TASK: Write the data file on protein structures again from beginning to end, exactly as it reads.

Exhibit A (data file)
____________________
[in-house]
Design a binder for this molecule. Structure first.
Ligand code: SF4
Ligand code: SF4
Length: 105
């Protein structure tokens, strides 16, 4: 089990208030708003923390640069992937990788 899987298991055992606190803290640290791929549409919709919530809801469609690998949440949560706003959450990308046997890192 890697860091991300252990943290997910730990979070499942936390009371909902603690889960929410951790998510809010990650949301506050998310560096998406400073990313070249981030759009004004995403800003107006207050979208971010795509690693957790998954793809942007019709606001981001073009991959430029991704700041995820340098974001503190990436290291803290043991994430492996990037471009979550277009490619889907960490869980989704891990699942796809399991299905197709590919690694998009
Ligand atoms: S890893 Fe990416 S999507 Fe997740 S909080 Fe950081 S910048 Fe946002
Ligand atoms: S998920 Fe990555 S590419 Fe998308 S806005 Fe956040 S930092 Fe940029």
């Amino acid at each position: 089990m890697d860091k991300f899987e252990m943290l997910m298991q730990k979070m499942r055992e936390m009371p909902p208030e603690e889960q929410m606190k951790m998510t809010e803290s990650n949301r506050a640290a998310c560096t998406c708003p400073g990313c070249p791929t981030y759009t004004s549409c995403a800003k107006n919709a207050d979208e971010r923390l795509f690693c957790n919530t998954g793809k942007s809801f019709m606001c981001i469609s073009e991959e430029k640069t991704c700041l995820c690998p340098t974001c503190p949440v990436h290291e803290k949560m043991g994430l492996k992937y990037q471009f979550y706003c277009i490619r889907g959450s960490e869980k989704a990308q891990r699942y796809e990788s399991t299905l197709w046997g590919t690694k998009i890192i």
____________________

[in-house]
Design a binder for this molecule. Structure first.
Ligand code: SF4
Ligand code: SF4
Length: 105
């Protein structure tokens, strides 16, 4: 089990208030708003923390640069992937990788 899987298991055992606190803290640290791929549409919709919530809801469609690998949440949560706003959450990308046997890192 890697860091991300252990943290997910730990979070499942936390009371909902603690889960929410951790998510809010990650949301506050998310560096998406400073990313070249981030759009004004995403800003107006207050979208971010795509690693957790998954793809942007019709606001981001073009991959430029991704700041995820340098974001503190990436290291803290043991994430492996990037471009979550277009490619889907960490869980989704891990699942796809399991299905197709590919690694998009
Ligand atoms: S890893 Fe990416 S999507 Fe997740 S909080 Fe950081 S910048 Fe946002
Ligand atoms: S998920 Fe990555 S590419 Fe998308 S806005 Fe956040 S930092 Fe940029």
């Amino acid at each position: 089990m890697d860091k991300f899987e252990m943290l997910m298991q730990k979070m499942r055992e936390m009371p909902p208030e603690e889960q929410m606190k951790m998510t809010e803290s990650n949301r506050a640290a998310c560096t998406c708003p400073g990313c070249p791929t981030y759009t004004s549409c995403a800003k107006n919709a207050d979208e971010r923390l795509f690693c957790n919530t998954g793809k942007s809801f019709m606001c981001i469609s073009e991959e430029k640069t991704c700041l995820c690998p340098t974001c503190p949440v990436h290291e803290k949560m043991g994430l492996k992937y990037q471009f979550y706003c277009i490619r889907g959450s960490e869980k989704a990308q891990r699942y796809e990788s399991t299905l197709w046997g590919t690694k998009i890192i």